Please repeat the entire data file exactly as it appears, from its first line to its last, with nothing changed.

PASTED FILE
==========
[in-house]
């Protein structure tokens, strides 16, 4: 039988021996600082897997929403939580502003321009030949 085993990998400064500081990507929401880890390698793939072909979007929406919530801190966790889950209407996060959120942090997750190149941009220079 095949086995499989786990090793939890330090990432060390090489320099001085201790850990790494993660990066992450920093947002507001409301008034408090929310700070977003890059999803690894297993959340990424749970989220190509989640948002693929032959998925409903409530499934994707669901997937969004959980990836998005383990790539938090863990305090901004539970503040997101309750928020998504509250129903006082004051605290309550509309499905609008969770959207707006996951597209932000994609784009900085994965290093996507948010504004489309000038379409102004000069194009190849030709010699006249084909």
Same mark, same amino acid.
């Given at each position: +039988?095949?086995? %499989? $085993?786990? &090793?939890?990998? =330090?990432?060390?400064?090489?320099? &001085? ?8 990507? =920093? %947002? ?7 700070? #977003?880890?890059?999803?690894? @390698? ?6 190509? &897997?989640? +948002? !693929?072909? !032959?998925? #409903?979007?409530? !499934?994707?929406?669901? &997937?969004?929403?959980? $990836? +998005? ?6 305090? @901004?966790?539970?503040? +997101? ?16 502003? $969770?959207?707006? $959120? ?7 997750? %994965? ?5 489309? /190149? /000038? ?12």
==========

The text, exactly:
[in-house]
């Protein structure tokens, strides 16, 4: 039988021996600082897997929403939580502003321009030949 085993990998400064500081990507929401880890390698793939072909979007929406919530801190966790889950209407996060959120942090997750190149941009220079 095949086995499989786990090793939890330090990432060390090489320099001085201790850990790494993660990066992450920093947002507001409301008034408090929310700070977003890059999803690894297993959340990424749970989220190509989640948002693929032959998925409903409530499934994707669901997937969004959980990836998005383990790539938090863990305090901004539970503040997101309750928020998504509250129903006082004051605290309550509309499905609008969770959207707006996951597209932000994609784009900085994965290093996507948010504004489309000038379409102004000069194009190849030709010699006249084909």
Same mark, same amino acid.
């Given at each position: +039988?095949?086995? %499989? $085993?786990? &090793?939890?990998? =330090?990432?060390?400064?090489?320099? &001085? ?8 990507? =920093? %947002? ?7 700070? #977003?880890?890059?999803?690894? @390698? ?6 190509? &897997?989640? +948002? !693929?072909? !032959?998925? #409903?979007?409530? !499934?994707?929406?669901? &997937?969004?929403?959980? $990836? +998005? ?6 305090? @901004?966790?539970?503040? +997101? ?16 502003? $969770?959207?707006? $959120? ?7 997750? %994965? ?5 489309? /190149? /000038? ?12």